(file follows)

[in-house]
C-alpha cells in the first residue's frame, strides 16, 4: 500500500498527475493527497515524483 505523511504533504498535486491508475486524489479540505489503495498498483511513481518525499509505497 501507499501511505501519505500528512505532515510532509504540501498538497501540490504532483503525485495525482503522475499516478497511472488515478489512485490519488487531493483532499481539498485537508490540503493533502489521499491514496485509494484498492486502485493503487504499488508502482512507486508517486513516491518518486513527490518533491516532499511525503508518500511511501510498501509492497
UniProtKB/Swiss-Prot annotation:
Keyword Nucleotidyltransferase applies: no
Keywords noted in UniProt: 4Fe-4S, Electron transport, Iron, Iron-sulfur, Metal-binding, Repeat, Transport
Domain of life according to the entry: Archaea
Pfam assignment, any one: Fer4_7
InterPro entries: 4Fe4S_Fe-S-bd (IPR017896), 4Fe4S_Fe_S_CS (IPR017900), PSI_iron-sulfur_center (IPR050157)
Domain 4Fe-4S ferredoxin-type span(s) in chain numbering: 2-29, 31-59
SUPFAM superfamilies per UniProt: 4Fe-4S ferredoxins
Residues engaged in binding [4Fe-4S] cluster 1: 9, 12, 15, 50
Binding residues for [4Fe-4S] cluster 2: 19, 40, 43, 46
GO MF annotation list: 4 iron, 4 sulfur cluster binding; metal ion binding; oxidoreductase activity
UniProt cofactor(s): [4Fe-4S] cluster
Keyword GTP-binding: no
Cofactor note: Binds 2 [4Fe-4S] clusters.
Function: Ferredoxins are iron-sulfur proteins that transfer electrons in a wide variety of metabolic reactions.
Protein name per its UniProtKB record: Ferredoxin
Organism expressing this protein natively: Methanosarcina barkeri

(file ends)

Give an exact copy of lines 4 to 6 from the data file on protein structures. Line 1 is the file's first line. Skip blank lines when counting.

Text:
Keyword Nucleotidyltransferase applies: no
Keywords noted in UniProt: 4Fe-4S, Electron transport, Iron, Iron-sulfur, Metal-binding, Repeat, Transport
Domain of life according to the entry: Archaea